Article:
As registration for the Fall 2019 academic semester begins, I wanted to provide more information about courses I will begin teaching starting September, 2019. Please see detailed descriptions below. If you have any specific questions that are not answered here, you can contact me directly. I look forward to another rich and engaging semester with both new and familiar faces. **ARTH 2260 is a new course and DOES NOT require that you have ARTH 2160 as a pre-requisite**
ARTH 2260: HISTORY OF ARCHITECTURE: BAROQUE TO POSTMODERN
Kwantlen Polytechnic University (Wednesdays 7:00-9:50pm, Surrey Campus Fir 130). Prerequisites: 6 credits from courses at the 1100 level or higher
I am excited to be offering this new course in the history of architecture for the first time at KPU! Built space and the questions of how buildings and environments reflect culture is an ongoing research interest of mine, and a topic that is both fascinating and timely. In this course, we will also tackle questions about the role of art and design, individual architects, architecture movements, and the place of building technologies in the creative expression of designed space from the Baroque period of the eighteenth century to that of the contemporary present.
COURSE DESCRIPTION: Students will study a survey of the development and history of architecture from the period of the late Baroque in the eighteenth century through to the postmodern architectural styles associated with the contemporary present, approaching architecture as a unique medium with its own visual vocabulary and spatial codes. Students will assess a variety of formal building and visual languages, designs, and theories that have shaped the modern and postmodern history of architecture through the close examination of select buildings and spatial environments set within specific cultural, social, political and economic contexts of their planning and construction.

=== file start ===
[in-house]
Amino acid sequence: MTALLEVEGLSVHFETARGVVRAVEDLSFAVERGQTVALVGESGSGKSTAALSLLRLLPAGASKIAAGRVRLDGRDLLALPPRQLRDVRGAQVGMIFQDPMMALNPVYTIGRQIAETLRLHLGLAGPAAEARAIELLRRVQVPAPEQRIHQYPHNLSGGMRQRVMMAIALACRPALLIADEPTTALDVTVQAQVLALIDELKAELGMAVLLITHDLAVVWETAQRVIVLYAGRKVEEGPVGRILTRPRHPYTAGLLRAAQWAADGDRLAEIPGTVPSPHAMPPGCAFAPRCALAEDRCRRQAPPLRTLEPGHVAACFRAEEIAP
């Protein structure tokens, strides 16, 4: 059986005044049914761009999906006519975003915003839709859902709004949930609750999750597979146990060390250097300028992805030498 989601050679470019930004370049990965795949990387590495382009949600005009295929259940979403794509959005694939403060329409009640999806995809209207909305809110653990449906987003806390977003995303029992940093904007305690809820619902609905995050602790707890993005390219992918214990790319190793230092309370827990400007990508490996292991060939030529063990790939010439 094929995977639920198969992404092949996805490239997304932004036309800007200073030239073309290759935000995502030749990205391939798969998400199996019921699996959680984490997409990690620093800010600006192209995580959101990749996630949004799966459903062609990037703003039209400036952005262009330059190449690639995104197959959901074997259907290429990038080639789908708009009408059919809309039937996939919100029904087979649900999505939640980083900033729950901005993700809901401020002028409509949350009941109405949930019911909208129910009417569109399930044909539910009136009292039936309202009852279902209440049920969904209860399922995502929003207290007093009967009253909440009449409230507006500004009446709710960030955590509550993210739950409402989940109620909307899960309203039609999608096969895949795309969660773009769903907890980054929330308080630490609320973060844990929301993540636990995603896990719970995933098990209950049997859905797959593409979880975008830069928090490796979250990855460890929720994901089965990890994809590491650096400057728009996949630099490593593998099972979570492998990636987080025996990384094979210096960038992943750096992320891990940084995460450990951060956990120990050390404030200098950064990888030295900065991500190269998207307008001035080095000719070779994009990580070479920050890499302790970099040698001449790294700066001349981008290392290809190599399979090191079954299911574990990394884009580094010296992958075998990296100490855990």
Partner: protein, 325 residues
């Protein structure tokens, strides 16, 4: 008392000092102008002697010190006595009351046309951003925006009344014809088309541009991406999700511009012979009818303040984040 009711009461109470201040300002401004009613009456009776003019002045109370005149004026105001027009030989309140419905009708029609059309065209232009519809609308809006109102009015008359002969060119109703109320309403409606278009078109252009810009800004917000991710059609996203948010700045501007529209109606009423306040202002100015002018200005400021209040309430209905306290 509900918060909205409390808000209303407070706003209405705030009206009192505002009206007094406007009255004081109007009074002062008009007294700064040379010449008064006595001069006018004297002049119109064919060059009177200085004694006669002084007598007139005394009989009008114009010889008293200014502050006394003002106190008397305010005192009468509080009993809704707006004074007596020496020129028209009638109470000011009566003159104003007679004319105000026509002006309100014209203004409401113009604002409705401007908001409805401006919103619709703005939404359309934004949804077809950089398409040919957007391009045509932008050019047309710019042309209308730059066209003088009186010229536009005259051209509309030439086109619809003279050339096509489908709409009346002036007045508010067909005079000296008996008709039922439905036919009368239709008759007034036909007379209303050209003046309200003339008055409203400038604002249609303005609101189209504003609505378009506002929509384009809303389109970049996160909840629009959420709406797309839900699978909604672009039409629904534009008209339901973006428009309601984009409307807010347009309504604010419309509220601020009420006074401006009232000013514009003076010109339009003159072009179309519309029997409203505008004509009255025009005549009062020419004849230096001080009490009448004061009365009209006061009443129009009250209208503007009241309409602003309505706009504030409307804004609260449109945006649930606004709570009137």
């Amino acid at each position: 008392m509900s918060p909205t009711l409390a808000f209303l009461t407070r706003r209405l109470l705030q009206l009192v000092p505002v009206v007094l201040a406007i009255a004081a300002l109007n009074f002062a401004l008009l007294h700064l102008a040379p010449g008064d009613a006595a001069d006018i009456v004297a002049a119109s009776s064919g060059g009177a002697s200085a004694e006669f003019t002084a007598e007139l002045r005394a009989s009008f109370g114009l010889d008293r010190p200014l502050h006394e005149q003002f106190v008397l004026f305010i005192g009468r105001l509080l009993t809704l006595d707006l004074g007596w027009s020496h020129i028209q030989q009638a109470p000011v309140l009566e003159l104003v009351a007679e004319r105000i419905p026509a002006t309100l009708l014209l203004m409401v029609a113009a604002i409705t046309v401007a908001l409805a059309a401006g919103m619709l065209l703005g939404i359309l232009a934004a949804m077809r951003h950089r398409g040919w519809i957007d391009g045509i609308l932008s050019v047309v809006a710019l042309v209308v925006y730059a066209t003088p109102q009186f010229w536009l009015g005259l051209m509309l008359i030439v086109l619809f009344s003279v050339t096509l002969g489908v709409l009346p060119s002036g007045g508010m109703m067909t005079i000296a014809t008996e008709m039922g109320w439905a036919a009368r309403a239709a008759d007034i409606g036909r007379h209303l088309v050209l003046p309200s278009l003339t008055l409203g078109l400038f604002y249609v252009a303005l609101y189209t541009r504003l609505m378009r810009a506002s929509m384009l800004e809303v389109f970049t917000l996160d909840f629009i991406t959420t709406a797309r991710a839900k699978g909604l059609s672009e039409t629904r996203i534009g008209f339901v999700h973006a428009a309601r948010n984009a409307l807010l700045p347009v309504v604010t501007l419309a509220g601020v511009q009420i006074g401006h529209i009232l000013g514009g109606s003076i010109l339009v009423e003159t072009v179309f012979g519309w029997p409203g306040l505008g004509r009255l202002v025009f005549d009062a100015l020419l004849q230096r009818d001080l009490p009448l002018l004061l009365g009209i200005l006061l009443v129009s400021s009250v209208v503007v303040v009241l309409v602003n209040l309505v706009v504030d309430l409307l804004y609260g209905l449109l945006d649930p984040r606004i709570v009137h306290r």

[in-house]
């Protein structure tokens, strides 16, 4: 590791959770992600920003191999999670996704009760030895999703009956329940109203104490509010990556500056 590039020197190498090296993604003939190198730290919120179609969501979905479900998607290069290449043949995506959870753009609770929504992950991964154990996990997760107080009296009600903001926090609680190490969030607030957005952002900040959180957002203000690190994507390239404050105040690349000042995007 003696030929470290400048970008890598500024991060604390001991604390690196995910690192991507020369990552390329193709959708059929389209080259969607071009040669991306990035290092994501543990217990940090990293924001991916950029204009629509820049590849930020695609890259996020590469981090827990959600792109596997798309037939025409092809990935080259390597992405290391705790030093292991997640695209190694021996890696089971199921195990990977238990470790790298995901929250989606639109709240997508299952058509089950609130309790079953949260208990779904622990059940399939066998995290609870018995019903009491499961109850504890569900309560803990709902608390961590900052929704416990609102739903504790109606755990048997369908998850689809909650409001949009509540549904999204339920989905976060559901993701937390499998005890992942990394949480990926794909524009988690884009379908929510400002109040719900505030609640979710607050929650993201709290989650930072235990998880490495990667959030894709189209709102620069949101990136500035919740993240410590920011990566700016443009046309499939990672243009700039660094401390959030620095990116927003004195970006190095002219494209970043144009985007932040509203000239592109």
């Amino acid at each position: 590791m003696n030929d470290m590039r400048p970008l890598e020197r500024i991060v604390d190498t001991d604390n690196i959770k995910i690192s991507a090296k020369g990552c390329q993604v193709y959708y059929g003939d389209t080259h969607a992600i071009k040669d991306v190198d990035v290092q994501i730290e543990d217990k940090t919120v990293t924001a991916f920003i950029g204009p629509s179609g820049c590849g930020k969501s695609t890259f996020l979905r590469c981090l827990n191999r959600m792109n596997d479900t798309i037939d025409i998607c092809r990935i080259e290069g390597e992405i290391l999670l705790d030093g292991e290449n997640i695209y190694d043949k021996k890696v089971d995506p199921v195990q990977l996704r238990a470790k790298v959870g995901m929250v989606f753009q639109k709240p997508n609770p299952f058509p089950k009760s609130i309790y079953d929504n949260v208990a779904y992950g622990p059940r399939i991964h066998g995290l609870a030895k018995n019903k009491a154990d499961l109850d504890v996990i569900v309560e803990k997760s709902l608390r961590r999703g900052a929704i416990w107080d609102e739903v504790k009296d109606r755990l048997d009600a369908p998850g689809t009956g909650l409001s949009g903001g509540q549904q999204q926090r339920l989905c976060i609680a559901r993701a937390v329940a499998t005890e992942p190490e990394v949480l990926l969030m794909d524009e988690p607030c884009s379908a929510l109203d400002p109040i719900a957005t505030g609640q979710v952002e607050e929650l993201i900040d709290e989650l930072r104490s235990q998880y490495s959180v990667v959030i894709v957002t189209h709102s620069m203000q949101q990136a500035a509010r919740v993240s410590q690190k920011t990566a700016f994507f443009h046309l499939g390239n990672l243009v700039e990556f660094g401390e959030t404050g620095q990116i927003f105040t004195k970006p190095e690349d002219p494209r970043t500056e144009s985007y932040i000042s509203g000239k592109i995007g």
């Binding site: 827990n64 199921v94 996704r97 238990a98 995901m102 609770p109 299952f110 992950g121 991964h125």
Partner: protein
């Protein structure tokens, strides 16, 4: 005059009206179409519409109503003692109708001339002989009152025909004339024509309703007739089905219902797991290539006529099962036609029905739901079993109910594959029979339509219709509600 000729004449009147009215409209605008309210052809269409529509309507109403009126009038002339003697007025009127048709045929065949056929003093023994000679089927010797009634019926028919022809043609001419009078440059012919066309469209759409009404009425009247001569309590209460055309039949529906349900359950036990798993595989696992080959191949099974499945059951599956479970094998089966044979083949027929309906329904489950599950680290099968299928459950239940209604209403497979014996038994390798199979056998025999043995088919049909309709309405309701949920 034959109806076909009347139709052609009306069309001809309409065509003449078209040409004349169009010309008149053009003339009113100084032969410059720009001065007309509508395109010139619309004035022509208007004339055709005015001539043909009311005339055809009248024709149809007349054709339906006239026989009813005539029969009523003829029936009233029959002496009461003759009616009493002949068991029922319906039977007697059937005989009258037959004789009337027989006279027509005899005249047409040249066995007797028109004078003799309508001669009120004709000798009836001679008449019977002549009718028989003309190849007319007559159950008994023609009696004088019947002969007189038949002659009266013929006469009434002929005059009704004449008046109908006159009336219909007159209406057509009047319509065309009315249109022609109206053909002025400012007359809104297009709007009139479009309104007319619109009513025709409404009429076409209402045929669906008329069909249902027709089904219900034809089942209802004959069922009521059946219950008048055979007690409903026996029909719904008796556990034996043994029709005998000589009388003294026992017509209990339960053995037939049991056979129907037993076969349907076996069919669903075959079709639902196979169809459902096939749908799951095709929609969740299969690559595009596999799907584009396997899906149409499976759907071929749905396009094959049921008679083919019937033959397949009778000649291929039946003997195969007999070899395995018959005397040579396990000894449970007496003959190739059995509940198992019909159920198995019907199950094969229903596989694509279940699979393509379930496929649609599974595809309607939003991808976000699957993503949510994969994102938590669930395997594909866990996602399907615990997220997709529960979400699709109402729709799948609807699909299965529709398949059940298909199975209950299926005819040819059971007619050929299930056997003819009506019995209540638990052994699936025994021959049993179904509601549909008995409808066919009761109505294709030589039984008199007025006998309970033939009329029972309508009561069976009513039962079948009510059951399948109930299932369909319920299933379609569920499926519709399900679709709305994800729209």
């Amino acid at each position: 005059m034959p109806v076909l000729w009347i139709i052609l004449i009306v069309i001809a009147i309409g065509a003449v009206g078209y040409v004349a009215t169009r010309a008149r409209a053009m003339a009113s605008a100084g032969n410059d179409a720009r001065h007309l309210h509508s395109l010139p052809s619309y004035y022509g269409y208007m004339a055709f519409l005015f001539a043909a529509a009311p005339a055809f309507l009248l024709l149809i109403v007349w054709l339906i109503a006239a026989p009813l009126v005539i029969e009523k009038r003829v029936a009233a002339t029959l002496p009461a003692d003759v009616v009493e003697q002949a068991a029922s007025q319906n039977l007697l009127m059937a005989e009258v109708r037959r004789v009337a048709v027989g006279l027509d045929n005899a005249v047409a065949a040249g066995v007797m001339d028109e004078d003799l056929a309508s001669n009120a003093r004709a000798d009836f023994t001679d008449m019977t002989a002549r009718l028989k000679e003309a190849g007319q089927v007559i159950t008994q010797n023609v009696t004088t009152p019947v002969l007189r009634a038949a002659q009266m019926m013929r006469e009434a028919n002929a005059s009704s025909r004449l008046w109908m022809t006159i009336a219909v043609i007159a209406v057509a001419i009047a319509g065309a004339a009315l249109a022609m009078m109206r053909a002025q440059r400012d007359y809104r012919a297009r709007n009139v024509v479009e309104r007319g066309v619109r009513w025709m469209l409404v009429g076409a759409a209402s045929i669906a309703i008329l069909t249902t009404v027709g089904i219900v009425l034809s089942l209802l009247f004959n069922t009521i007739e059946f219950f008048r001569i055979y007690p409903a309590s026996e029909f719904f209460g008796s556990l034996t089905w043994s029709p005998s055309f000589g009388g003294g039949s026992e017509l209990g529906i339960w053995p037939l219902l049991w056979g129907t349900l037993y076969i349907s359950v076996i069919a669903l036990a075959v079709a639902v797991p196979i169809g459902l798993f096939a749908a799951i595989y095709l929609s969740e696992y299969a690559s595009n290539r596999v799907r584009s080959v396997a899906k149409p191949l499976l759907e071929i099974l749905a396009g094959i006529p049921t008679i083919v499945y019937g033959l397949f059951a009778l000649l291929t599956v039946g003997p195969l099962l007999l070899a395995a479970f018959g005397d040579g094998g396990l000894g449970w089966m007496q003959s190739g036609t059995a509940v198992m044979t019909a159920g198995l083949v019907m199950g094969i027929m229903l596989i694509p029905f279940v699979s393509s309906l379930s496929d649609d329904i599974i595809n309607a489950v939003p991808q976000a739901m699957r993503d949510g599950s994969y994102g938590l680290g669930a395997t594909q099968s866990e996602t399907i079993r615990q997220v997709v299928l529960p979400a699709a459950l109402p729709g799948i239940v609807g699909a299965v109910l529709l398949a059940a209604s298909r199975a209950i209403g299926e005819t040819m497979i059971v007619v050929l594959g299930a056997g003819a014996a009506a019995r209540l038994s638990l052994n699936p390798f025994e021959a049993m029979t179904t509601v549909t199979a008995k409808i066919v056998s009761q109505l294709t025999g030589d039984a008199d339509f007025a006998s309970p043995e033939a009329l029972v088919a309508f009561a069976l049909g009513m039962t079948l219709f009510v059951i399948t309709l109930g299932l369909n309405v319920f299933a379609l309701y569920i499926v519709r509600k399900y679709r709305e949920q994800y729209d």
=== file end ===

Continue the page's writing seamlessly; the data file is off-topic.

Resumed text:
ARTH 1130: INTRODUCTION TO FILM STUDIES
Kwantlen Polytechnic University (Fridays 1:00-4:50pm, Surrey Campus Fir 128/130). Prerequisites: None
The ever popular film studies course is continuing to evolve and update to consider recent developments in the film industry, together with new research that links histories of cinema's past to its present. This is a course that will have you thinking critically about motion pictures long after the final exam-- it also provides an opportunity to visit and see films at the Vancouver International Film Festival (September 26- October 11).
COURSE DESCRIPTION: Students will study the history and development of world cinema, and the comprehension and theory of film as a visual language and art-making practice from its inception in the late nineteenth century to the present. The goal of the course is to introduce students to the critical interpretation of the cinema and the various vocabularies and methods with which one can explore the aesthetic function, together with the social, political, and technological contexts and developments, of moving pictures. The format of this course (as a 4 hour block each class) will normally entail a one hour lecture, the screening of a full-length film, and a focused group discussion. Each film will serve as a starting point and gateway for discussion about the course’s daily theme.